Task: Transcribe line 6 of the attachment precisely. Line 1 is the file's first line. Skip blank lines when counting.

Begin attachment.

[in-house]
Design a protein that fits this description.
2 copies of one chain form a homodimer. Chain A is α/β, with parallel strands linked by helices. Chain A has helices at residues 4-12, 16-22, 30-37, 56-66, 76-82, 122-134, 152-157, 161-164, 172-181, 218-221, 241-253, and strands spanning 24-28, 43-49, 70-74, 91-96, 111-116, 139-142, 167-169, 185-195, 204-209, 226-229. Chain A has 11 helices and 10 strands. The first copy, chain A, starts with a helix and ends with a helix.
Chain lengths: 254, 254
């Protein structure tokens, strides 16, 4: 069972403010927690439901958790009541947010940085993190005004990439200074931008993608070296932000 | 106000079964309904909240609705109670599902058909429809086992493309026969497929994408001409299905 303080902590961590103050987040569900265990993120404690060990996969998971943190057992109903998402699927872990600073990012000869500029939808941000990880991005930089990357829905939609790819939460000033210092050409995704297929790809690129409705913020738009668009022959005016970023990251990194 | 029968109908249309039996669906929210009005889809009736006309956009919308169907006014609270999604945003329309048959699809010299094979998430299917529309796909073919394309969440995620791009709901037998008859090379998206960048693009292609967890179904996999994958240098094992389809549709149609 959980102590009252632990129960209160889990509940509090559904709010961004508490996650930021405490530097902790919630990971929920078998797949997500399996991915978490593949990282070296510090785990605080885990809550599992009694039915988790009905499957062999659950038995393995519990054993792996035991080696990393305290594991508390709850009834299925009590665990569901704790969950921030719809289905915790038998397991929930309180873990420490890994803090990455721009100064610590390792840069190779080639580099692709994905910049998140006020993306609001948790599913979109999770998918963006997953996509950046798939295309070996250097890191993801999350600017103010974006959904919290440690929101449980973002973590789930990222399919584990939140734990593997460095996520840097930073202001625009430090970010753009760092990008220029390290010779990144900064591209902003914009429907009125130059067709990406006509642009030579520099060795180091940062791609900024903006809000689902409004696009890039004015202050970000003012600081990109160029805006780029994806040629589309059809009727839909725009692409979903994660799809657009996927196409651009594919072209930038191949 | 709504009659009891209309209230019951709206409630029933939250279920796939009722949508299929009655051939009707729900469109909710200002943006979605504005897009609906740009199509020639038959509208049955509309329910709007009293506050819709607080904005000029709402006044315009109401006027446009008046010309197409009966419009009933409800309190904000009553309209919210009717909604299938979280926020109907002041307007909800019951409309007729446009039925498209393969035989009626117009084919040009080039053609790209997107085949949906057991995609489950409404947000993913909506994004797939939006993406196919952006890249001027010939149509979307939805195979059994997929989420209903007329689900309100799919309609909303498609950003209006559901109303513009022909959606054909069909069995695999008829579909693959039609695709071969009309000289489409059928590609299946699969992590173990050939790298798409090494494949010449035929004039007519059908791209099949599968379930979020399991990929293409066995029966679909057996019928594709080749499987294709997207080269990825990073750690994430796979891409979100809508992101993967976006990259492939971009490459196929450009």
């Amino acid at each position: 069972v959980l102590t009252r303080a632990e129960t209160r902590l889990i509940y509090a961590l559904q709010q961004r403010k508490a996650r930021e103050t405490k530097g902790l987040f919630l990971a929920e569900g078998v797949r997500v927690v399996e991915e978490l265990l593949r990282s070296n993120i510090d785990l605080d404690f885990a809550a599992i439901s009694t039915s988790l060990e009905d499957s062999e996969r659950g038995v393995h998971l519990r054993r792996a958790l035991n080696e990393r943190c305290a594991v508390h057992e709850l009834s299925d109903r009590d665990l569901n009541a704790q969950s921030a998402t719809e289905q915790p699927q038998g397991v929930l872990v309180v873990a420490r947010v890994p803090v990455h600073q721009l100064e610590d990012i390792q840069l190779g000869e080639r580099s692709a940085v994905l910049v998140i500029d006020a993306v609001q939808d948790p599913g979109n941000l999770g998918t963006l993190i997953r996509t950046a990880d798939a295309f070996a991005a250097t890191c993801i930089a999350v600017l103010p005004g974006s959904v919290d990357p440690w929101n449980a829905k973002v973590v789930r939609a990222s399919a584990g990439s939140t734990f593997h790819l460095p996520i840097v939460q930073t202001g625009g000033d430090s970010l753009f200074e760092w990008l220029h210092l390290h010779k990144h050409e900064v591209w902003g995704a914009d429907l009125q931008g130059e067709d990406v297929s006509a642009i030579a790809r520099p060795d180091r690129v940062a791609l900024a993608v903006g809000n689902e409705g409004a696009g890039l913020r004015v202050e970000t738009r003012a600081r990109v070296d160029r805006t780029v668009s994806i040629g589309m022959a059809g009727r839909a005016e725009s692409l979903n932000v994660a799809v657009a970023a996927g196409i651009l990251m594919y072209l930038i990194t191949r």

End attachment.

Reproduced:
């Amino acid at each position: 069972v959980l102590t009252r303080a632990e129960t209160r902590l889990i509940y509090a961590l559904q709010q961004r403010k508490a996650r930021e103050t405490k530097g902790l987040f919630l990971a929920e569900g078998v797949r997500v927690v399996e991915e978490l265990l593949r990282s070296n993120i510090d785990l605080d404690f885990a809550a599992i439901s009694t039915s988790l060990e009905d499957s062999e996969r659950g038995v393995h998971l519990r054993r792996a958790l035991n080696e990393r943190c305290a594991v508390h057992e709850l009834s299925d109903r009590d665990l569901n009541a704790q969950s921030a998402t719809e289905q915790p699927q038998g397991v929930l872990v309180v873990a420490r947010v890994p803090v990455h600073q721009l100064e610590d990012i390792q840069l190779g000869e080639r580099s692709a940085v994905l910049v998140i500029d006020a993306v609001q939808d948790p599913g979109n941000l999770g998918t963006l993190i997953r996509t950046a990880d798939a295309f070996a991005a250097t890191c993801i930089a999350v600017l103010p005004g974006s959904v919290d990357p440690w929101n449980a829905k973002v973590v789930r939609a990222s399919a584990g990439s939140t734990f593997h790819l460095p996520i840097v939460q930073t202001g625009g000033d430090s970010l753009f200074e760092w990008l220029h210092l390290h010779k990144h050409e900064v591209w902003g995704a914009d429907l009125q931008g130059e067709d990406v297929s006509a642009i030579a790809r520099p060795d180091r690129v940062a791609l900024a993608v903006g809000n689902e409705g409004a696009g890039l913020r004015v202050e970000t738009r003012a600081r990109v070296d160029r805006t780029v668009s994806i040629g589309m022959a059809g009727r839909a005016e725009s692409l979903n932000v994660a799809v657009a970023a996927g196409i651009l990251m594919y072209l930038i990194t191949r």